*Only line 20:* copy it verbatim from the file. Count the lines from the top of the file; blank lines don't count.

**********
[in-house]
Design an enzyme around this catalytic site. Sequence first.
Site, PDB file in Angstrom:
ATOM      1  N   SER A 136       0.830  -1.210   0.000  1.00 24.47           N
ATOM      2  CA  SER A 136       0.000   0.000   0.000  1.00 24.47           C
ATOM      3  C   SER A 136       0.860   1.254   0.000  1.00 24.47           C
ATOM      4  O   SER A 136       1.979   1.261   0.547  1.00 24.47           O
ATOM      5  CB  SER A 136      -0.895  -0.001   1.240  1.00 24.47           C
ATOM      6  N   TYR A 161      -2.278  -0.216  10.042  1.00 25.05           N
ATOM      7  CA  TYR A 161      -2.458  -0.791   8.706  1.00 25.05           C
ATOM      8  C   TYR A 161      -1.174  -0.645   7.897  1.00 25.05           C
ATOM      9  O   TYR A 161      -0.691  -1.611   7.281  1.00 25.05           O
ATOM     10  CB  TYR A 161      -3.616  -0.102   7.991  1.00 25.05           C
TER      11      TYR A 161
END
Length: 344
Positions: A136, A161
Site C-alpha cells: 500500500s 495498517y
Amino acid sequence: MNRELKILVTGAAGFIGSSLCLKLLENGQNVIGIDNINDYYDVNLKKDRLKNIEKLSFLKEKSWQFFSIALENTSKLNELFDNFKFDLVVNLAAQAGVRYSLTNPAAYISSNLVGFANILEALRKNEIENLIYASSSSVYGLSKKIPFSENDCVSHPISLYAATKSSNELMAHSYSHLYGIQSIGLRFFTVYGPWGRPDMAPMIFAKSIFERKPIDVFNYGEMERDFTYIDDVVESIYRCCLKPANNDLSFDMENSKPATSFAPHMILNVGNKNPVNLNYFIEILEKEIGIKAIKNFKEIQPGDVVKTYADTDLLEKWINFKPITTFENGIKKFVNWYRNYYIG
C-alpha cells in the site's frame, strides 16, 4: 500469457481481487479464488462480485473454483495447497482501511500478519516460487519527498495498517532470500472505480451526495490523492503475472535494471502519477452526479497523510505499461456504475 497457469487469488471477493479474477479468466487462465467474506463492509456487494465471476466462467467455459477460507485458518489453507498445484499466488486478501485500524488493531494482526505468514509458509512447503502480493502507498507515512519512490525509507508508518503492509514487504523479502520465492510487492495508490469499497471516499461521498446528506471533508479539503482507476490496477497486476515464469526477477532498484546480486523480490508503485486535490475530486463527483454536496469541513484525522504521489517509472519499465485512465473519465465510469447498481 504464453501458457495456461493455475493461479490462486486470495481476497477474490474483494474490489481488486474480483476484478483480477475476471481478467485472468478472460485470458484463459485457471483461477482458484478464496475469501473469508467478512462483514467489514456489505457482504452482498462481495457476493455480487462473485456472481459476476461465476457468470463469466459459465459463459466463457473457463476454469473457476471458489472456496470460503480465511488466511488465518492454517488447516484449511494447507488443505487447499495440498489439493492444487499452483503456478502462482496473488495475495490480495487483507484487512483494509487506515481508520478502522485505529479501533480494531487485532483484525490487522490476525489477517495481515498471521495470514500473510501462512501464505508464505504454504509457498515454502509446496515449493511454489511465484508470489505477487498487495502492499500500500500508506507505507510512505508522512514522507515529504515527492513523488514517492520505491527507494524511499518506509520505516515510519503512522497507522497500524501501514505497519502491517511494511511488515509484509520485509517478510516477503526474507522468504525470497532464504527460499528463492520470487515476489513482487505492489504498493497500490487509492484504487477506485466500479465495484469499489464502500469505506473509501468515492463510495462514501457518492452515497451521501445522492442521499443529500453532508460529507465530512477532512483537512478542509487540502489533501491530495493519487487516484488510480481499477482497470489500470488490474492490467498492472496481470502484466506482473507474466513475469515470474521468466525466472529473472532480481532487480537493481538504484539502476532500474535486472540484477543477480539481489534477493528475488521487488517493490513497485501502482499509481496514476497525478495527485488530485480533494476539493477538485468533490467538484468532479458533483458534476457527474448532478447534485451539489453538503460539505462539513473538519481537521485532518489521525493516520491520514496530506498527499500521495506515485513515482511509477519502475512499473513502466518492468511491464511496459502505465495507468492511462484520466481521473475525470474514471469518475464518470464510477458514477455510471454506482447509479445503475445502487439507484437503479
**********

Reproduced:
C-alpha cells in the site's frame, strides 16, 4: 500469457481481487479464488462480485473454483495447497482501511500478519516460487519527498495498517532470500472505480451526495490523492503475472535494471502519477452526479497523510505499461456504475 497457469487469488471477493479474477479468466487462465467474506463492509456487494465471476466462467467455459477460507485458518489453507498445484499466488486478501485500524488493531494482526505468514509458509512447503502480493502507498507515512519512490525509507508508518503492509514487504523479502520465492510487492495508490469499497471516499461521498446528506471533508479539503482507476490496477497486476515464469526477477532498484546480486523480490508503485486535490475530486463527483454536496469541513484525522504521489517509472519499465485512465473519465465510469447498481 504464453501458457495456461493455475493461479490462486486470495481476497477474490474483494474490489481488486474480483476484478483480477475476471481478467485472468478472460485470458484463459485457471483461477482458484478464496475469501473469508467478512462483514467489514456489505457482504452482498462481495457476493455480487462473485456472481459476476461465476457468470463469466459459465459463459466463457473457463476454469473457476471458489472456496470460503480465511488466511488465518492454517488447516484449511494447507488443505487447499495440498489439493492444487499452483503456478502462482496473488495475495490480495487483507484487512483494509487506515481508520478502522485505529479501533480494531487485532483484525490487522490476525489477517495481515498471521495470514500473510501462512501464505508464505504454504509457498515454502509446496515449493511454489511465484508470489505477487498487495502492499500500500500508506507505507510512505508522512514522507515529504515527492513523488514517492520505491527507494524511499518506509520505516515510519503512522497507522497500524501501514505497519502491517511494511511488515509484509520485509517478510516477503526474507522468504525470497532464504527460499528463492520470487515476489513482487505492489504498493497500490487509492484504487477506485466500479465495484469499489464502500469505506473509501468515492463510495462514501457518492452515497451521501445522492442521499443529500453532508460529507465530512477532512483537512478542509487540502489533501491530495493519487487516484488510480481499477482497470489500470488490474492490467498492472496481470502484466506482473507474466513475469515470474521468466525466472529473472532480481532487480537493481538504484539502476532500474535486472540484477543477480539481489534477493528475488521487488517493490513497485501502482499509481496514476497525478495527485488530485480533494476539493477538485468533490467538484468532479458533483458534476457527474448532478447534485451539489453538503460539505462539513473538519481537521485532518489521525493516520491520514496530506498527499500521495506515485513515482511509477519502475512499473513502466518492468511491464511496459502505465495507468492511462484520466481521473475525470474514471469518475464518470464510477458514477455510471454506482447509479445503475445502487439507484437503479